In-Person and Online-Delivered Acceptance and Commitment Therapy for Hoarding Disorder: A Multiple Baseline Study
Journal of Contextual Behavioral Science
Hoarding disorder (HD) is associated with distress and functional impairment not only for the individual but also for their family members and community. Acceptance and commitment therapy (ACT) already has broad empirical support and may be helpful for treating HD. In this nonconcurrent multiple baseline study (N = 6), we examined the effect of ACT on HD symptom severity, functional impairment, quality of life, co-occurring symptoms, and other outcomes. Participants consistently reported decreases in HD severity, clutter, functional impairment due to clutter, and depression at posttreatment. Scores were maintained at follow-up for two of three participants. Changes in other variables like quality of life and psychological inflexibility were less consistent. Overall, our findings preliminarily support the efficacy of ACT for HD especially for symptom severity, but the reliability of its effect on other outcomes like quality of life and psychological inflexibility is unclear. Limitations include a homogeneous (100% White women) sample.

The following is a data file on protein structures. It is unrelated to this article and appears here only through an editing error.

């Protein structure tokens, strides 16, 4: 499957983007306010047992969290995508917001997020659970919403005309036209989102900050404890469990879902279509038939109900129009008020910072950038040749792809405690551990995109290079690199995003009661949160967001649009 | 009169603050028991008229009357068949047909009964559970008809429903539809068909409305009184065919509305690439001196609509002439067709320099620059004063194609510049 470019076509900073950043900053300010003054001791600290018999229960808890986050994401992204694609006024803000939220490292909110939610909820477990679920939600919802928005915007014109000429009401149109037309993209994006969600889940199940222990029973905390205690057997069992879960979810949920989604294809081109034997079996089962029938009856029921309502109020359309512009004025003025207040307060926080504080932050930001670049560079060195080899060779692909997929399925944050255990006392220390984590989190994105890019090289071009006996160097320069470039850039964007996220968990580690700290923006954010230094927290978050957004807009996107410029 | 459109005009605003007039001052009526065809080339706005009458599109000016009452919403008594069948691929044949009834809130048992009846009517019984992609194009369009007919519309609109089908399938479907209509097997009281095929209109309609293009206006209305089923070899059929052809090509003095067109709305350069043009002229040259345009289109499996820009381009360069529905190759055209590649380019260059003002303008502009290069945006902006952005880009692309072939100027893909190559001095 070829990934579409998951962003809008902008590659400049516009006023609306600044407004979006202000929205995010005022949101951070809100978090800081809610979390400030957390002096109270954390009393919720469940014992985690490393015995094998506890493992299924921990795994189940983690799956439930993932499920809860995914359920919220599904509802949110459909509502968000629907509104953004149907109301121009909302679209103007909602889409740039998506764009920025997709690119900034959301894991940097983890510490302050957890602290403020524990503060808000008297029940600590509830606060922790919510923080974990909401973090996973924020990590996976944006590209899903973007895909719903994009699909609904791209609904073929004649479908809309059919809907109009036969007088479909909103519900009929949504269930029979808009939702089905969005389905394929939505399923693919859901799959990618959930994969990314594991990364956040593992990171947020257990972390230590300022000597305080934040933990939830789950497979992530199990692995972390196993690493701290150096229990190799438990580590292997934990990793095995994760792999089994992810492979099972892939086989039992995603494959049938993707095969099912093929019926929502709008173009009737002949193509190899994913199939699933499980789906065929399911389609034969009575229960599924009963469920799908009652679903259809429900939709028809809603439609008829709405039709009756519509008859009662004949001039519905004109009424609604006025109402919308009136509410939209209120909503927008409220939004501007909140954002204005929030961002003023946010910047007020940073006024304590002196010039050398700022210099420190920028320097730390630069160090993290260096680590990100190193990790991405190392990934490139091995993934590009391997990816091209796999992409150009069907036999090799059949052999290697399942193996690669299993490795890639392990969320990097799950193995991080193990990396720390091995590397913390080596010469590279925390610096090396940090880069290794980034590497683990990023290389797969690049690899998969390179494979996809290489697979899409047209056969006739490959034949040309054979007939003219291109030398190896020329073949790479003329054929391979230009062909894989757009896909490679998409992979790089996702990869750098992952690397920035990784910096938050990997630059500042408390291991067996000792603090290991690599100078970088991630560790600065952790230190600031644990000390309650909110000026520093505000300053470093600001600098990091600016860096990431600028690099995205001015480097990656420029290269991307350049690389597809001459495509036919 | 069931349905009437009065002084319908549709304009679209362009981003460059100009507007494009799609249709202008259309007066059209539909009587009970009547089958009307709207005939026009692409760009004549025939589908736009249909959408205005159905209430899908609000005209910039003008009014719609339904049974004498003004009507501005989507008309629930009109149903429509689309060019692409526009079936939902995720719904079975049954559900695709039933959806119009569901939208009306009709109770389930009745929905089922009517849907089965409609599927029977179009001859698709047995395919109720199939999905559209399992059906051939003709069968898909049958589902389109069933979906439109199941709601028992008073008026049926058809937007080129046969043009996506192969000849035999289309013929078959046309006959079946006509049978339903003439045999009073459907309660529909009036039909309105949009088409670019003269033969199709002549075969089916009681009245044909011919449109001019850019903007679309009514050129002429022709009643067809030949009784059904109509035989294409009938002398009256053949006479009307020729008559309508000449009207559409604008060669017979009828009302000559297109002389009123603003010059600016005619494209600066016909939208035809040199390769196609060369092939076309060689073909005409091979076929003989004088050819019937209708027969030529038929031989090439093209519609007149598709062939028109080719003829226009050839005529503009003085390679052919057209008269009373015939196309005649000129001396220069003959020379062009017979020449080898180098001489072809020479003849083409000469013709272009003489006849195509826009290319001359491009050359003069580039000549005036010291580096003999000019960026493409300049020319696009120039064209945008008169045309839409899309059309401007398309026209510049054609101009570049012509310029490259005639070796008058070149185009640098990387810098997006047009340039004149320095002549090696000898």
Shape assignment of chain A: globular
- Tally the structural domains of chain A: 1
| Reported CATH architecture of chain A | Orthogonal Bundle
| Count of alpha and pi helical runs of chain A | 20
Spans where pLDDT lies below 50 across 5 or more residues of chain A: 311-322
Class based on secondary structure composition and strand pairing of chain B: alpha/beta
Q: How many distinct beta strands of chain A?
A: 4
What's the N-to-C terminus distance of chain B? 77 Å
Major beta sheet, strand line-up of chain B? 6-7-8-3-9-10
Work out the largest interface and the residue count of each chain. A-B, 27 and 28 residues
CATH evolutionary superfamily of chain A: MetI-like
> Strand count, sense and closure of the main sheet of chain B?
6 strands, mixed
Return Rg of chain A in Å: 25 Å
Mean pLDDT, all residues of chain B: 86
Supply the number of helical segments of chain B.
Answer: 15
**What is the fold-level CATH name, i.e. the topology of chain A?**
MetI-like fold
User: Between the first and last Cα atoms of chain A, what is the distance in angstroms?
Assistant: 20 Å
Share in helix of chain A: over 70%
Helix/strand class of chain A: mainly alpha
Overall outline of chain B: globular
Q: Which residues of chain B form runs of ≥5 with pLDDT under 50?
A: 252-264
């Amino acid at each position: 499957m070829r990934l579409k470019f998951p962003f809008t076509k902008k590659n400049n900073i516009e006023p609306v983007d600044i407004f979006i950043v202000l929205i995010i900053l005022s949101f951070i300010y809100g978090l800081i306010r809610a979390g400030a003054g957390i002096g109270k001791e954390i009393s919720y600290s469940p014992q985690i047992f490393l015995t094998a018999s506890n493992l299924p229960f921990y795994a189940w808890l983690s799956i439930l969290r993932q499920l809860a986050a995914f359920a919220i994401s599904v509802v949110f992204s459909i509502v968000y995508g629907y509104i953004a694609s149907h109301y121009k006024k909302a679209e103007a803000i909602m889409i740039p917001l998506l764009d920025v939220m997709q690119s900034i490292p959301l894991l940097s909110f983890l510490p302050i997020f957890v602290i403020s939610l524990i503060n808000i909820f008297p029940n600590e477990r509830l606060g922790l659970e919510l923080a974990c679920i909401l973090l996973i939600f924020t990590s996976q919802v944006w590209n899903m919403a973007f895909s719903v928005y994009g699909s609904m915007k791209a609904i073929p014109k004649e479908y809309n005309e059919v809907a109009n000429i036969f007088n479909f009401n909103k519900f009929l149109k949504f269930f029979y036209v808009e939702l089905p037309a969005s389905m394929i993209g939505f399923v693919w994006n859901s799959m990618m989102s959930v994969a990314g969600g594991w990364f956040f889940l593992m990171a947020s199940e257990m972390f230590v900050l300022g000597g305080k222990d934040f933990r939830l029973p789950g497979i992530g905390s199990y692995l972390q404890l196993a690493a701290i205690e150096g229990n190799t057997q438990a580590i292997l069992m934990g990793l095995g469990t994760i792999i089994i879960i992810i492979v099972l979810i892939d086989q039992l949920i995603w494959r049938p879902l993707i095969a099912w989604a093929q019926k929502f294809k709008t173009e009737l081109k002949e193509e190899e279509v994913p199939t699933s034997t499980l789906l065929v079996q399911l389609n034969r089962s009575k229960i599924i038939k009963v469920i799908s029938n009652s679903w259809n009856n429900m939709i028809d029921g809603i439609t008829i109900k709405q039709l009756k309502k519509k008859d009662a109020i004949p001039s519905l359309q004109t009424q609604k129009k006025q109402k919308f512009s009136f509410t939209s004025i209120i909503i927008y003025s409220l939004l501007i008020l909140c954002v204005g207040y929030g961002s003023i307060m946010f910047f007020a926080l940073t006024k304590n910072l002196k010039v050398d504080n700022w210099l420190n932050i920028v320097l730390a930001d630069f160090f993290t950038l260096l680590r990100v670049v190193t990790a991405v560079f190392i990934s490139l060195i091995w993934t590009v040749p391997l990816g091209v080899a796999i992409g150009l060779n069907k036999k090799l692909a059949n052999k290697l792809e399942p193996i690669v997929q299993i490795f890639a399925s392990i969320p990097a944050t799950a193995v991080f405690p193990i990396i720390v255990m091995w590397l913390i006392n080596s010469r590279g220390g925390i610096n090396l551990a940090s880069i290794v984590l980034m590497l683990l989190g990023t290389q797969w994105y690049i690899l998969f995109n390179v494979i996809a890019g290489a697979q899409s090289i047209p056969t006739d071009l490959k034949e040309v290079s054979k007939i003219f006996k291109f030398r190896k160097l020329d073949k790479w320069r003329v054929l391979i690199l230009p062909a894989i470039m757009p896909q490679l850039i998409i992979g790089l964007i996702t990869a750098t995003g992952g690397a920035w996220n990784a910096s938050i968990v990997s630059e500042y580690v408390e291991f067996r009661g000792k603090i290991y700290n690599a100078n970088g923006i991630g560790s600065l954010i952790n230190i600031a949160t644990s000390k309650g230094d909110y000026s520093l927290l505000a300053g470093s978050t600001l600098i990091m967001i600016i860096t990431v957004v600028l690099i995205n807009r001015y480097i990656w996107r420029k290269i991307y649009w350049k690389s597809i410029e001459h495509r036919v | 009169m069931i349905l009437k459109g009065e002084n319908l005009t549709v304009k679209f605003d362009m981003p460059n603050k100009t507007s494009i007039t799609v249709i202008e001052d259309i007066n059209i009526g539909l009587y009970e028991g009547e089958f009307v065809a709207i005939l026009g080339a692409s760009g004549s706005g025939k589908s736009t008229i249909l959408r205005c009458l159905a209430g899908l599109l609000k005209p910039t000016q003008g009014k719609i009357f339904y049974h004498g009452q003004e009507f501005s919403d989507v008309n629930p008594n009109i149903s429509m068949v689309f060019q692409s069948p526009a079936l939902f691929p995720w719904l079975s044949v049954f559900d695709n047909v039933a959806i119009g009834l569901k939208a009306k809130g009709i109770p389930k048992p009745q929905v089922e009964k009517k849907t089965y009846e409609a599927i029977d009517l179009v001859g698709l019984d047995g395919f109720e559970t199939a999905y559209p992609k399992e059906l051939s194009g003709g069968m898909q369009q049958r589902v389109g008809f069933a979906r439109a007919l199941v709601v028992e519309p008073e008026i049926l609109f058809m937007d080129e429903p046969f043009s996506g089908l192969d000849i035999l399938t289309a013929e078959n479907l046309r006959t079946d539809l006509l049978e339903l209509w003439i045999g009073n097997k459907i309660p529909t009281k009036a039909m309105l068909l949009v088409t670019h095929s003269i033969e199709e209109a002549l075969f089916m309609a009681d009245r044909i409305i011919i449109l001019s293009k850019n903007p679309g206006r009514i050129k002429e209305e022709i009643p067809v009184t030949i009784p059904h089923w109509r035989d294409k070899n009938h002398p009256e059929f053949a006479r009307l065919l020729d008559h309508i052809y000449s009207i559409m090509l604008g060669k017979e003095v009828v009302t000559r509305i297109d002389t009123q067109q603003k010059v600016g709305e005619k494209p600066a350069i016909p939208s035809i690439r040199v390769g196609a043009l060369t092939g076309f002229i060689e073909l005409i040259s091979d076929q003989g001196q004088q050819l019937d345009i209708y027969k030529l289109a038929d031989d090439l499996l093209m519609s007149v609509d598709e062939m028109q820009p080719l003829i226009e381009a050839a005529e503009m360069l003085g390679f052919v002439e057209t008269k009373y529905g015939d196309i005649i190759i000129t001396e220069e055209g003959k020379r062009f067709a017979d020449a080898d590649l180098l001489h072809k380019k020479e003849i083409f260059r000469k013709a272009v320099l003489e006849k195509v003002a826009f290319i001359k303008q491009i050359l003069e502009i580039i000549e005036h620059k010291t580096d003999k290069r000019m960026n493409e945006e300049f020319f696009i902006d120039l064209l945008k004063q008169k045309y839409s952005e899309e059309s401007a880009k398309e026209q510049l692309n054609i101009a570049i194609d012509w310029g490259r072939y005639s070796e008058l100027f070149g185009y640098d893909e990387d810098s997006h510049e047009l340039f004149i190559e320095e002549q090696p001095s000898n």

Ong, C. W., Krafft, J., Panoussi, F., Petersen, J. M., Levin, M. E., & Twohig, M. P. (in press). In-person and online-delivered acceptance and commitment therapy for hoarding disorder: A multiple baseline study. Journal of Contextual Behavioral Science.